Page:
It took three seasons for the WHA to merit its own set of cards from OPC.
In ’72-73, WHA players made up the high series of the regular set. In ’73-74, OPC made a 20-player poster set, but no cards (leaving the field open for Quaker Oats). Finally, in 1974-75, they were ready.
The 1974-75 WHA set was the first time since the late 1930s that OPC put out a hockey set that had no Topps equivalent. I don’t know whether Topps even had a hand in the design – if not, this would be the first hockey set OPC had designed on its own since 1938. (The 1939-40 set is really just an issue of full-sized glossy photos.) The wrapper still shows the cards as being made under license from Topps.
It’s interesting if Topps did in fact hold the WHA license, given that they never once produced a WHA set under their own banner.
The set is small – just 66 cards, one of which is a checklist. They were released in wax packs – 8 cards per pack – with one stick of wonderful OPC gum (the way things should be).
One of the reasons I tend to think that Topps wasn’t involved in the design of this set is that its execution is so incredibly boring. The cards are landscape-oriented with a banner on the left that includes the team name (standard font) and a stock image of a hockey player. It might be more interesting if the image was related to the position of the player depicted (like ’73 baseball) or even varied from card to card. It doesn’t. Every card has the same image. At least they’re colour-coded to each team.
The pictures are all posed studio shots – a mix of portraits and full-body images. There is a facsimile autograph on each photo.
The backs draw fairly heavily on the 1974-75 NHL set. It uses the same basic layout (though they do away with the puck and move the cartoon to the top), colour scheme and card stock. There is a single year of stats and career totals. (WHA sets oscillated back and forth between offering combined NHL/WHA stats and WHA-only. NHL sets never really acknowledged the WHA until it was gone. In this case, players with WHA experience get their WHA totals. Players without get their NHL numbers.)
The cartoon, instead of relating to the player on the card, gives general hockey information. This is kind of odd, given that while a lot of WHA teams were in new markets that may or may not have known hockey, this set was released in Canada, where collectors certainly weren’t learning anything new.
The thing that makes this set stand out from the ’73-74 Quaker Oats set is that the 65 player cards actually include a reasonable number of players that most people a) will have heard of and b) might actually want to collect. The WHA was beginning to inherit a number of more significant names, so on top of Hull, Cheevers and Tremblay, there are cards of Paul Henderson, Frank Mahovlich and Jacques Plante.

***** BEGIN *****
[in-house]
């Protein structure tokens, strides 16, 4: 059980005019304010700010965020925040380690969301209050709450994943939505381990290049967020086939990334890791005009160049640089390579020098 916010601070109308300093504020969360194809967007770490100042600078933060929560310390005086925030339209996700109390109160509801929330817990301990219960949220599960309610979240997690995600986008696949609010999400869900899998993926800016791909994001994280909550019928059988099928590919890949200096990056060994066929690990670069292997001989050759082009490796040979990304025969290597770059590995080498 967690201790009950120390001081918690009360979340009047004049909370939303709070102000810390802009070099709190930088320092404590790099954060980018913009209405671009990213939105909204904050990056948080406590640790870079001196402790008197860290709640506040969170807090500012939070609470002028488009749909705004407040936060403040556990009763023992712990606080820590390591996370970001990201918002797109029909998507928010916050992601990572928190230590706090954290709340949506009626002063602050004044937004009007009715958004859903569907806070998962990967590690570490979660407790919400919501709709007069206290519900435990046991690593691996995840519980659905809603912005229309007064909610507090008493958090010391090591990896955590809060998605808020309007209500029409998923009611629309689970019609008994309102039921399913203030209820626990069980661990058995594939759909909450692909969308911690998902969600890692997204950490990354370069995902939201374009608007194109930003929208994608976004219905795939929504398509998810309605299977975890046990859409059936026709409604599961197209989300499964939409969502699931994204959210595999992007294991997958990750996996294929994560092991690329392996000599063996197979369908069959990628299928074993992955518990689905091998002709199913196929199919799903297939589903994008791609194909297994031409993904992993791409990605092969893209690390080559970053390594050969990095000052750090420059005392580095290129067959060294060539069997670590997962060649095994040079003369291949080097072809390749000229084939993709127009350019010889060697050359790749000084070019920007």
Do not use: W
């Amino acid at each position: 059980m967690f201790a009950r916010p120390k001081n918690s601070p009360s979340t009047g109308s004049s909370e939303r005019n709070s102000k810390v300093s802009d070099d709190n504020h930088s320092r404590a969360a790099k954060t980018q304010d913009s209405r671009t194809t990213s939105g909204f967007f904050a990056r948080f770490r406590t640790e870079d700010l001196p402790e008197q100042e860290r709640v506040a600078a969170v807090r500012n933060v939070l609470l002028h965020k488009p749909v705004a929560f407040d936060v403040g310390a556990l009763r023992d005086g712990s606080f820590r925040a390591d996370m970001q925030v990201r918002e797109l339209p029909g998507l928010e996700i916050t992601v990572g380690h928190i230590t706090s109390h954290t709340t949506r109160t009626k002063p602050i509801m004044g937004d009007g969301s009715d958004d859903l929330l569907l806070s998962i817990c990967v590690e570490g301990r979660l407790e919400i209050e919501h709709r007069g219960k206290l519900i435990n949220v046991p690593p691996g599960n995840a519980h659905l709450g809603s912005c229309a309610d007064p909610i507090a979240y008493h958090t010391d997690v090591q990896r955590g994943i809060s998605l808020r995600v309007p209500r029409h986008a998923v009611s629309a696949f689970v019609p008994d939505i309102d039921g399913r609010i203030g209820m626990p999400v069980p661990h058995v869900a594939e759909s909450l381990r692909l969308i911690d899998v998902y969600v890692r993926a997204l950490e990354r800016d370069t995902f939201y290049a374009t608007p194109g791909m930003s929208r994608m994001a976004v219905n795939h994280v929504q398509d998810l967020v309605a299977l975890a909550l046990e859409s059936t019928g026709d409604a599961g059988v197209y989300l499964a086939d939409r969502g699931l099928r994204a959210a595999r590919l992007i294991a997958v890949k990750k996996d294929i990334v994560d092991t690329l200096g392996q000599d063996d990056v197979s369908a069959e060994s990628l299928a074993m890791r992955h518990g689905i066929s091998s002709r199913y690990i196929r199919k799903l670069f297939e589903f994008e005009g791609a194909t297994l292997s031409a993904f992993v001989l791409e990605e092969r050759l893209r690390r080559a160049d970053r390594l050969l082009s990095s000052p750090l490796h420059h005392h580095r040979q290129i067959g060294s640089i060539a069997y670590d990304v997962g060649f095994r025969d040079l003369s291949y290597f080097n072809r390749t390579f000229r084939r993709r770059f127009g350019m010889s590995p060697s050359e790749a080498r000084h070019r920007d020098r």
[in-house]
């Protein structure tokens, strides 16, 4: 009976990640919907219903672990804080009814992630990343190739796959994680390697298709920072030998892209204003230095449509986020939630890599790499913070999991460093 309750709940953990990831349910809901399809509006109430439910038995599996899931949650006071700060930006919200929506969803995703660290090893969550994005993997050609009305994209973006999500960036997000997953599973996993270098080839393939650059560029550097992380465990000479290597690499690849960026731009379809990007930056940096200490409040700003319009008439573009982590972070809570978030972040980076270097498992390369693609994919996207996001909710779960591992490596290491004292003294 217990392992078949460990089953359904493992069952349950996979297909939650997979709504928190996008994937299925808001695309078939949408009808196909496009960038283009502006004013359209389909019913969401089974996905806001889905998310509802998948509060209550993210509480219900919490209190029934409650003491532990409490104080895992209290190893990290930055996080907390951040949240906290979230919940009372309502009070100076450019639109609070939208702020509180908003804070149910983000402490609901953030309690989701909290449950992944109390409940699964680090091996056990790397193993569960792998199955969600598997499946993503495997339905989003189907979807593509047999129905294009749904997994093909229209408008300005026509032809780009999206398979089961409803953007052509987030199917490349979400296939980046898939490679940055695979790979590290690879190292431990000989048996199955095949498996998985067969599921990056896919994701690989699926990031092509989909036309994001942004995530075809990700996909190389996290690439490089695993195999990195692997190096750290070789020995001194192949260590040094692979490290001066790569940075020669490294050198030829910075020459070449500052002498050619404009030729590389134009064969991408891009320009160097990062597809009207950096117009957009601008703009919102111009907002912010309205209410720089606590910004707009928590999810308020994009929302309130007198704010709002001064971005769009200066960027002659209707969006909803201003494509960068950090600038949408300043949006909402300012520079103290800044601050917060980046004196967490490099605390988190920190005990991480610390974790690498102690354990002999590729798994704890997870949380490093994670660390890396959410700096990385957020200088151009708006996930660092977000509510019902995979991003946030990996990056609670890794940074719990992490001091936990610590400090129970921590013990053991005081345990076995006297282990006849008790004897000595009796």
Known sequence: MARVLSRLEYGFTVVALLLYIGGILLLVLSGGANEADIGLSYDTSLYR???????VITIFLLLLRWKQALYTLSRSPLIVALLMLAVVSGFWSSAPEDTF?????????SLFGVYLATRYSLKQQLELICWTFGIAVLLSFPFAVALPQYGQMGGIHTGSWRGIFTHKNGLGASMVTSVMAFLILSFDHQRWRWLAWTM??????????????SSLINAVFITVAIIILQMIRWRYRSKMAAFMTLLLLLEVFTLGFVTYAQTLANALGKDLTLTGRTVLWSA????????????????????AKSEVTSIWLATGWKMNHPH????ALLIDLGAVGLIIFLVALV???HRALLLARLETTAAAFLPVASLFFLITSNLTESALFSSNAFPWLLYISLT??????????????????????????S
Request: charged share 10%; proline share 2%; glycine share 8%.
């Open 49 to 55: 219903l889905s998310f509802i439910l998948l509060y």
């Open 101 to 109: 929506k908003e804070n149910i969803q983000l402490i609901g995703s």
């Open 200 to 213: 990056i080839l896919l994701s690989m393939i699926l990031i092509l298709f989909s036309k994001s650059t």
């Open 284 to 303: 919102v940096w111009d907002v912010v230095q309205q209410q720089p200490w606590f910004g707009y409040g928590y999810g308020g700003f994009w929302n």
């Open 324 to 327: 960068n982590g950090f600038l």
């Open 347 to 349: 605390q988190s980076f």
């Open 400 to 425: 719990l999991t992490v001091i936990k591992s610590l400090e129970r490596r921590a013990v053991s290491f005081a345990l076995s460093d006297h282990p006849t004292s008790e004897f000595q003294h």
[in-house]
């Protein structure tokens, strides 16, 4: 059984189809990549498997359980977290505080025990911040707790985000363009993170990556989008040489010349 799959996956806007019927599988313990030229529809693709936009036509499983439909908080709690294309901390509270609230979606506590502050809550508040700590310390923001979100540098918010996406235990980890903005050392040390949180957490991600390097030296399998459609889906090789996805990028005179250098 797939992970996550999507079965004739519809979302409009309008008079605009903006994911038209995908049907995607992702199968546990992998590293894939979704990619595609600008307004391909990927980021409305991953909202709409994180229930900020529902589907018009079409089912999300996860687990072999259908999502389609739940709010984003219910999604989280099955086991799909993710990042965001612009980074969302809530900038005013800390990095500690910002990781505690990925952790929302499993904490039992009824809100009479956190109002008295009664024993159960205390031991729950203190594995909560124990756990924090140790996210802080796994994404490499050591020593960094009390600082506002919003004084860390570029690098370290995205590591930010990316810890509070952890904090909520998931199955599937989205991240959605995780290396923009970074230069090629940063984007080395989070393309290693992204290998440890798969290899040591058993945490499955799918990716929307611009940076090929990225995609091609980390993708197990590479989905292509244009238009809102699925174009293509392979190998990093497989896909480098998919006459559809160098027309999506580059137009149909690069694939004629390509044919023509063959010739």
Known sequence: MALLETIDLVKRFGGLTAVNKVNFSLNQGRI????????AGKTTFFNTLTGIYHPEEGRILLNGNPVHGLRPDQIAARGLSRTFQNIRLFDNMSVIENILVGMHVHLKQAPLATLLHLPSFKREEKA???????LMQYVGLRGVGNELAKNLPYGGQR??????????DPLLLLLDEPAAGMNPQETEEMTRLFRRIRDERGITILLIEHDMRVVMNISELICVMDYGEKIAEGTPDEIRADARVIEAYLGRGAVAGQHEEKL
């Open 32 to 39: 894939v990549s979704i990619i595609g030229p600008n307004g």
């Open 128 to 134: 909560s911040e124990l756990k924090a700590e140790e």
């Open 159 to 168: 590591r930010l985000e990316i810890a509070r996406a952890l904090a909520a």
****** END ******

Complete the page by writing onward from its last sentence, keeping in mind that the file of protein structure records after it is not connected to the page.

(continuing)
There are also some rookie cards worth mentioning in the set, which is another departure from Quaker Oats. They aren’t particularly high value, which is a shame because Anders Hedberg, Ulf Nilsson and Real Cloutier were really talented players and names worth remembering. Nilsson and Cloutier both put up good numbers in short NHL careers. Hedberg lasted the longest.
Vaclav Nedomansky, the first player from Eastern Europe to defect to North America, has his RC in this set. Playing in Toronto alongside Frank Mahovlich, he’d score 41 goals as a 30-year-old rookie and 56 in his second year. He’d later play in the NHL until he was almost 40, scoring 35 and 38 goals for Detroit in the late 1970s.
Come for the cards but stay for the
Maybe it’s just the lighting, but the uniforms don’t seem as garish as in 1973-74 and a number of players seem to have located a comb. With no funky action shots to speak of, the one standout element is the cartoon on the back of each card. Cartoons had been a staple on the backs of cards for a lot of years, so that’s not surprising. These, however, might be the worst lot I’ve ever seen. Look at the fascinating information to be gleaned – remember that these are marketed to kids who watch hockey and quite likely play it, as well:
Card #1 in the set is the best card of the whole bunch. Gordie Howe and his two sons skated together as professionals for the first time in 1973-74, and this card captures it. It’s also the best-looking card in the set, bar none. If there’s one particular reason I rated this set above the Quaker Oats release, it’s because of the Howes.
In terms of general esthetics, this isn’t much of a set. There are designs I like less, but not by much. What makes it worthwhile is that for a set this small, it contains a pretty good number of interesting cards and the family card of the Howes is one of the standout WHA cards ever made. If you only ever get one WHA card, it should be this. (The ’72-73 Hull would be right on its heels, though.)